So right now, I'm debating whether to even try to engage with this video, as much as I'd like to. My friend Peter had this to say: "I have found, in my many similar discussions with family members, that it is rare to dissuade them of their baseline view that the world is or could be a pure meritocracy. That's really the core faulty assumption at play here. If you accept that opportunities actually ARE equal regardless of gender, sexuality, race, etc., then the logic of the video stands. If you understand, however, that this is not and has never been the case, it seems ludicrous on the face of it."

So given this potential road block in the way of mutual understanding, I want to tackle it just as I would if one of my students used this video as a source for a research project or to strengthen an argument. So, let's look at the source. Is it reliable? Who/what is the source? And what might their biases be? The video appears to be produced by a website called "" a website that claims to "help you increase your wealth and grow rich" run by three guys: Kenneth Ameduri, Daniel Ameduri, and Joshua Enomoto. They also have another similar site called So, let's see. Do they cite their sources? No, they do not. Do we know anything about their biases? From the videos featured on their site, it appears that they are libertarians who want to convince their readers that anyone can become a millionaire. What makes them experts on race and police violence? Your guess is as good as mine.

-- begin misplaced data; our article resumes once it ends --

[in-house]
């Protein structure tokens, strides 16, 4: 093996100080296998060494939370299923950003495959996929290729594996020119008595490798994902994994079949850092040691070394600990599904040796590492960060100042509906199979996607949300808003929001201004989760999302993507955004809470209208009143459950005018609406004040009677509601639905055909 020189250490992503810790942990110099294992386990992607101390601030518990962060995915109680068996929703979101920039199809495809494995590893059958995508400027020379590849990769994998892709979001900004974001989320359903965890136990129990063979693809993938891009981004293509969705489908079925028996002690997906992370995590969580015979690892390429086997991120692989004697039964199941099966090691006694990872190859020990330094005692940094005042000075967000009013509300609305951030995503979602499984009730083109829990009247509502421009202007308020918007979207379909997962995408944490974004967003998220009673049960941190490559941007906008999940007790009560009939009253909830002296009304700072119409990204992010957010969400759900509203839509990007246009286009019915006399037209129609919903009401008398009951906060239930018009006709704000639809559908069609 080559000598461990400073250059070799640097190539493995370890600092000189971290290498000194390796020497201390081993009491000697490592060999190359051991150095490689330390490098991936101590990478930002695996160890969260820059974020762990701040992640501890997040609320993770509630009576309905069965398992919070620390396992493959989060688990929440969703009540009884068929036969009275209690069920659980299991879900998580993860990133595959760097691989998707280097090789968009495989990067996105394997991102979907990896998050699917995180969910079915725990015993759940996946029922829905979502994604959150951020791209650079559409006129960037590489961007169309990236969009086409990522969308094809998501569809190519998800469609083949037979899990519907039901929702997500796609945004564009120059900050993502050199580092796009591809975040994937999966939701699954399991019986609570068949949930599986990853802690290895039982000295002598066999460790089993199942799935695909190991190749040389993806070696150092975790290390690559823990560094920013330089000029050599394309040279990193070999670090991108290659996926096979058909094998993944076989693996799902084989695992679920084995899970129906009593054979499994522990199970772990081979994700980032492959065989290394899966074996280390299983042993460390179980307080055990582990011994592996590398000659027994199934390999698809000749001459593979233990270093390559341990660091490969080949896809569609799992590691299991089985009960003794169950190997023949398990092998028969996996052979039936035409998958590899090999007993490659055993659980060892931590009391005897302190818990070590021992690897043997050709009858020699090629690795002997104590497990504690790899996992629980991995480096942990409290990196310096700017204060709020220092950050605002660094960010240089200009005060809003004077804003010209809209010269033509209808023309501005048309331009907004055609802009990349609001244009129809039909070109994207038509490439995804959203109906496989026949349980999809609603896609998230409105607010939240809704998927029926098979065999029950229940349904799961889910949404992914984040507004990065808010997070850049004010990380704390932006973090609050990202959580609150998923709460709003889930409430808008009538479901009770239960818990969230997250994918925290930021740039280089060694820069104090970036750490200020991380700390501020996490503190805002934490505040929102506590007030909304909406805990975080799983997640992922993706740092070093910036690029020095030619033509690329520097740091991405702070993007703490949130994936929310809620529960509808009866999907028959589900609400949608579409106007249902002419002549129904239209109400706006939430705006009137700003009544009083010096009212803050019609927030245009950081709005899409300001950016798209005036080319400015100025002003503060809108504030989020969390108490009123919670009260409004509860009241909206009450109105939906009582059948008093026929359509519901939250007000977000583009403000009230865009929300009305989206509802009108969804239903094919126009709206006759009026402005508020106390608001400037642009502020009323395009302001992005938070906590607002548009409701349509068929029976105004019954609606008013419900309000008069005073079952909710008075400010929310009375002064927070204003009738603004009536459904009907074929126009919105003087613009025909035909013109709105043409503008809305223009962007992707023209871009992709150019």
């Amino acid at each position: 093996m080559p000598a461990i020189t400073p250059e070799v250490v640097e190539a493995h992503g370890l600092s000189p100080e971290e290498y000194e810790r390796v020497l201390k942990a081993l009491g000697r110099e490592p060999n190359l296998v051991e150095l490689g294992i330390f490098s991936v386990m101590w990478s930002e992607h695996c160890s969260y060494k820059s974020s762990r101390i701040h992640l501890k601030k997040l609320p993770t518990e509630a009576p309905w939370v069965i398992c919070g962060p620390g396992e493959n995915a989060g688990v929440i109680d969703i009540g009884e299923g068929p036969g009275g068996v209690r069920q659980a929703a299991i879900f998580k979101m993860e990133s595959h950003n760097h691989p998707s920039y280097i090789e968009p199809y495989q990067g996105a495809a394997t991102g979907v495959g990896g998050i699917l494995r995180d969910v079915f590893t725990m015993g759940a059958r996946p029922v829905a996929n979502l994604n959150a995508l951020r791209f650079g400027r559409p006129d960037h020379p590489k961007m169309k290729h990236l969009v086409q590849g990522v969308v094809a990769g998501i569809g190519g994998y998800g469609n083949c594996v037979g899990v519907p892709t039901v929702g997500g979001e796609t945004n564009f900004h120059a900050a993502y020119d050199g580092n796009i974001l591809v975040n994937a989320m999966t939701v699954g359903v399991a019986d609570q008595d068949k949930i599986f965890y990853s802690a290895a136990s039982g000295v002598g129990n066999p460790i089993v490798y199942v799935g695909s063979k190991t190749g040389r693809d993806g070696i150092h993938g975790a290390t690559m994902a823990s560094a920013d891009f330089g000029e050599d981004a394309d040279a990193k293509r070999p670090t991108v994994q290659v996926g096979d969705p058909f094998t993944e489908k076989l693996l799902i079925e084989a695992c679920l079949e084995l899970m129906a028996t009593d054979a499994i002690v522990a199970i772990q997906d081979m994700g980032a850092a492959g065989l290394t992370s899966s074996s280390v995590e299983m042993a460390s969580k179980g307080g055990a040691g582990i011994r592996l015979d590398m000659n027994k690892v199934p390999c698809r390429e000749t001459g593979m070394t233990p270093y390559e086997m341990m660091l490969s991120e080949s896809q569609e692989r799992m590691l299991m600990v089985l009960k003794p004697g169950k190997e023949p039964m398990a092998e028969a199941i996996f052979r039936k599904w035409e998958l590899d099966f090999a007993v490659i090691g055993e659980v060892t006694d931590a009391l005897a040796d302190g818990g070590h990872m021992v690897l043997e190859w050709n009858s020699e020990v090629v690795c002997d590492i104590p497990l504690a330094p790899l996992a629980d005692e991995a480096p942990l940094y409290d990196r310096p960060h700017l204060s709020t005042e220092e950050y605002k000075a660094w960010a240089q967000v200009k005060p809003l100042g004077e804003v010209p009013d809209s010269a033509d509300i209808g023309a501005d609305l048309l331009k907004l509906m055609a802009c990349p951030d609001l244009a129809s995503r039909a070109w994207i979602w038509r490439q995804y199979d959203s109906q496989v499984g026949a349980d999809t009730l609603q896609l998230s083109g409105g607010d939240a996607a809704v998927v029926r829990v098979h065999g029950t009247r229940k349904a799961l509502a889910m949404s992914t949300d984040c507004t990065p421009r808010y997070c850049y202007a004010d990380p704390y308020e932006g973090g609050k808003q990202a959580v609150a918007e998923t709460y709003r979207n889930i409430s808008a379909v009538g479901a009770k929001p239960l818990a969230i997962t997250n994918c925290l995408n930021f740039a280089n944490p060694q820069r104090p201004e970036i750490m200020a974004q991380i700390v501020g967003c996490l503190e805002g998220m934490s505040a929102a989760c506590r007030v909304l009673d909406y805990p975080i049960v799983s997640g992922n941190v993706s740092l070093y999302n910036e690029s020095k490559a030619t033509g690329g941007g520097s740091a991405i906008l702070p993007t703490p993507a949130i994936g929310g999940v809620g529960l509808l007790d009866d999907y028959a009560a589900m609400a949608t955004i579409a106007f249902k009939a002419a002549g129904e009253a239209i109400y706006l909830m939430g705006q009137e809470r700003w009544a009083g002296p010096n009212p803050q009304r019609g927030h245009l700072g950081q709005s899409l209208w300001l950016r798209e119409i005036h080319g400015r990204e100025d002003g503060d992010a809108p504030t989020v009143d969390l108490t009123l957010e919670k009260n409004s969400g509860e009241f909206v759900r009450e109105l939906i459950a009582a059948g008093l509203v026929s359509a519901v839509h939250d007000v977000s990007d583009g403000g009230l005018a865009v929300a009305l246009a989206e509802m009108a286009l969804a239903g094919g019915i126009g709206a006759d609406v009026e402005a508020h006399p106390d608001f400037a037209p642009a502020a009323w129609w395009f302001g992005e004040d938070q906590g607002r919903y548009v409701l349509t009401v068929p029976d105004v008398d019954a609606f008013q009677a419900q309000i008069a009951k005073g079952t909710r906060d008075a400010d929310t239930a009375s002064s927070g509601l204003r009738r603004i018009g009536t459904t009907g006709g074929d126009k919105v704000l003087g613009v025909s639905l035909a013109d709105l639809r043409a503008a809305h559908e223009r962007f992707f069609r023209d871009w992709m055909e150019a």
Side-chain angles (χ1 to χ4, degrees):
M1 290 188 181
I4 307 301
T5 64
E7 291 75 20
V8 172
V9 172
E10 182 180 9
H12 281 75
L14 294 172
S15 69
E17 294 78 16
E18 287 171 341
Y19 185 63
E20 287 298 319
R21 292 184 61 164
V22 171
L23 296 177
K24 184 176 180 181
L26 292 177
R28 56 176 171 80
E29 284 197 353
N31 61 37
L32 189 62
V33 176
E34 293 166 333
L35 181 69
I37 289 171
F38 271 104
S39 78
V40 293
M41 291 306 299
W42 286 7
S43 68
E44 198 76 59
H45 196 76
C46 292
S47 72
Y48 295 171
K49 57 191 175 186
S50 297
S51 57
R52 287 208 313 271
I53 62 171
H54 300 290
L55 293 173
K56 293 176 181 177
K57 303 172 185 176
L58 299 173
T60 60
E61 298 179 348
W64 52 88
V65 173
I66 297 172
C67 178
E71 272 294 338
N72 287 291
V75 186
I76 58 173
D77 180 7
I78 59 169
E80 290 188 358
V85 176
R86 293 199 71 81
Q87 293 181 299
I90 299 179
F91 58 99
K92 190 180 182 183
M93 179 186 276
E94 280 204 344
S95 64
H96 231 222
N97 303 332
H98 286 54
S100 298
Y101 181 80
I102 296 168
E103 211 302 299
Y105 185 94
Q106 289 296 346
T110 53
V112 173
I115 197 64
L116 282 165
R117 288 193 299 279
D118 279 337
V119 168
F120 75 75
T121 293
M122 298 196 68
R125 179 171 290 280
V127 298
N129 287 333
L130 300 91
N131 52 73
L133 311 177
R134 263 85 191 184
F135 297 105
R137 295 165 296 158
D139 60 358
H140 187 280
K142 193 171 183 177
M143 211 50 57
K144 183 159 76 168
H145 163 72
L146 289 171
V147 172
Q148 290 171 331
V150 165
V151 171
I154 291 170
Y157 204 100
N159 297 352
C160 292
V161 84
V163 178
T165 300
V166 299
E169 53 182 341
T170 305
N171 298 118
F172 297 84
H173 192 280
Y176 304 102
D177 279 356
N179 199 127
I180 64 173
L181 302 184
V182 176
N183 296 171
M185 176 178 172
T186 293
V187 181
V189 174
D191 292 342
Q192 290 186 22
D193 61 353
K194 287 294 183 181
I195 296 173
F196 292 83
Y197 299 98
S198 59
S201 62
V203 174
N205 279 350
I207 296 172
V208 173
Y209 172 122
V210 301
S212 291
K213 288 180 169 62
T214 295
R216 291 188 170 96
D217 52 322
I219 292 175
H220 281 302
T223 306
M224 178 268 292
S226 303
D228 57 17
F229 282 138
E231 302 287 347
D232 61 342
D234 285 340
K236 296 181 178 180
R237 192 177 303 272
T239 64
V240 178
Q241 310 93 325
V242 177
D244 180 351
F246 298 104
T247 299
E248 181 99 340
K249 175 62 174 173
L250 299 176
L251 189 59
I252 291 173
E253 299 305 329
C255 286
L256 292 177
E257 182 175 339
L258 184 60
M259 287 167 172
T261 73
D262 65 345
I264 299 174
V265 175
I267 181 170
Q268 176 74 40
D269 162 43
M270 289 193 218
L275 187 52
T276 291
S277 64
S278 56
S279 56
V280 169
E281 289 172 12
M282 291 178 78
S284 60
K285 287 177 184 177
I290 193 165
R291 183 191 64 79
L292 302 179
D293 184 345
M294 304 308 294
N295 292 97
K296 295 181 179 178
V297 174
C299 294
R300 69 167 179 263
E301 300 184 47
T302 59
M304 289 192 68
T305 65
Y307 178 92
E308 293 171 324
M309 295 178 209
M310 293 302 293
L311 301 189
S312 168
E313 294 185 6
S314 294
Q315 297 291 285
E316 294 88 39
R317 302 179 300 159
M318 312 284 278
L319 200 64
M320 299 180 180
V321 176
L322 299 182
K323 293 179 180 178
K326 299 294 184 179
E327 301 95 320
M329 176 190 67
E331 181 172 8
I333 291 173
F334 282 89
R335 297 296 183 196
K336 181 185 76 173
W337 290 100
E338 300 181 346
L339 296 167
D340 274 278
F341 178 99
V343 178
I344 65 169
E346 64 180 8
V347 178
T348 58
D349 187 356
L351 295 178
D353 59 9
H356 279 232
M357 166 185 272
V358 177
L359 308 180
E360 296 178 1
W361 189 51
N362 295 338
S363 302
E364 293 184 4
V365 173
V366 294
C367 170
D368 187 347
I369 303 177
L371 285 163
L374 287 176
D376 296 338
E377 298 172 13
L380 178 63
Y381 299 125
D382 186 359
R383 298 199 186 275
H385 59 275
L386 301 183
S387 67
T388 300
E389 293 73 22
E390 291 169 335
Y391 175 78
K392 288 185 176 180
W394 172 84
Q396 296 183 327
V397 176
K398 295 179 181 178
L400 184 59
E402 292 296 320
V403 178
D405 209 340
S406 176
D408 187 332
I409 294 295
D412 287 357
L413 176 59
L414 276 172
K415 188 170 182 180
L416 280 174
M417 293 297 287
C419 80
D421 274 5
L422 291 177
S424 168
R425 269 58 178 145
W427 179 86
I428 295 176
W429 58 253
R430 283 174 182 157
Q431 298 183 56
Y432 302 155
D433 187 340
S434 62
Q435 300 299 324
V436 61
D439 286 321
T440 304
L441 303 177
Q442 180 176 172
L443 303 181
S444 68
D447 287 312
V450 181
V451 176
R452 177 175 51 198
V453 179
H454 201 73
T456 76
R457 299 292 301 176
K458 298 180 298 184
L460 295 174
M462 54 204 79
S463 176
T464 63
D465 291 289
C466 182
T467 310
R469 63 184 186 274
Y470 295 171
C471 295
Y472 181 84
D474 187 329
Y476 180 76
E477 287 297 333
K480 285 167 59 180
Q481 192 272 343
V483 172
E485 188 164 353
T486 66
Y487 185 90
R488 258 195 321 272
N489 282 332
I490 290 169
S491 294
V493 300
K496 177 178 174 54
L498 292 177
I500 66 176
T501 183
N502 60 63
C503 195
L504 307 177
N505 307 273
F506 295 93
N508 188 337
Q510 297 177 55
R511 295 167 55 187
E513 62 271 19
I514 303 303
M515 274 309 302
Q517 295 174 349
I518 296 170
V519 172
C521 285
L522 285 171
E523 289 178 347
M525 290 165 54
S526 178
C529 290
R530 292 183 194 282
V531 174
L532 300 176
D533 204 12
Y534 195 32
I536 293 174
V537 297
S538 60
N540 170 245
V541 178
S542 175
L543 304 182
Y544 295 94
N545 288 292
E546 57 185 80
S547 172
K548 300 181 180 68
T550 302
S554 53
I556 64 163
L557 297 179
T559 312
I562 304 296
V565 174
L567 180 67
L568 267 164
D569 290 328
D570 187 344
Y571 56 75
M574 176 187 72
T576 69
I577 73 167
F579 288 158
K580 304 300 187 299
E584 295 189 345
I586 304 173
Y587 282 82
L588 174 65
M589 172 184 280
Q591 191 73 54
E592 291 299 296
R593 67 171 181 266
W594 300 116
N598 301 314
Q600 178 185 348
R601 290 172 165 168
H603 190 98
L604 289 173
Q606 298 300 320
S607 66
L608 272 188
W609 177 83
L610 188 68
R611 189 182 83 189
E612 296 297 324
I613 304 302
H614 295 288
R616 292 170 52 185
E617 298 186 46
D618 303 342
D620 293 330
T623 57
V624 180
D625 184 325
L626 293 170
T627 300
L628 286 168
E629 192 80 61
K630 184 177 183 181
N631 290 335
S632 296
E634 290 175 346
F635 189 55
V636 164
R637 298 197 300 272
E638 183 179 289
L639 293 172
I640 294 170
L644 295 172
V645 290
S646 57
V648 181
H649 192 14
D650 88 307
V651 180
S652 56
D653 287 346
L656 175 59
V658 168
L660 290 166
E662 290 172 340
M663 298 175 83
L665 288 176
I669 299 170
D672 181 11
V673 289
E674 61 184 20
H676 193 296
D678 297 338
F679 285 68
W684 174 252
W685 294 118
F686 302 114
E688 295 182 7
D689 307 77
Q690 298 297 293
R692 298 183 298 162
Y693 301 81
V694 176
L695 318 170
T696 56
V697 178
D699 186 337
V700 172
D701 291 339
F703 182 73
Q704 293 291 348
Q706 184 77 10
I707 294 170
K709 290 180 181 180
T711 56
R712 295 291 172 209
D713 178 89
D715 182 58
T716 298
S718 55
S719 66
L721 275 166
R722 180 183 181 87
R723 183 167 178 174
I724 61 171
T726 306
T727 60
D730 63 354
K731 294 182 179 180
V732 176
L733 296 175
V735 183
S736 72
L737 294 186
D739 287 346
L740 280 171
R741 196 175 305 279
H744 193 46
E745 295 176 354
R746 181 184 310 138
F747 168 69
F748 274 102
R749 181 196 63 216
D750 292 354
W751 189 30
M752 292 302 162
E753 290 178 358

Their website has a section called "stopthehate" which lists the people they think should apologise for the "hands up don't shoot" campaign. Among those are the President of the United States, Barack Obama; civil rights activist, Jesse Jackson; Rachel Maddow, a news reporter, Rhodes scholar, and published author with a PhD from Oxford; and Eric Holder, former US Attorney General, to name a few.

Up until last week, I'd never heard of a man named Alex Jones. But apparently the people who made the video in question think that his two websites, and are "most excellent and outstanding sites where you can find true journalism and trustworthy information." Alex Jones is a conspiracy theorist who thinks that the US government was involved in the Oklahoma City bombing and 9/11. He thinks the Bible is prophetic. There's no other way to say it: he's a complete wingnut.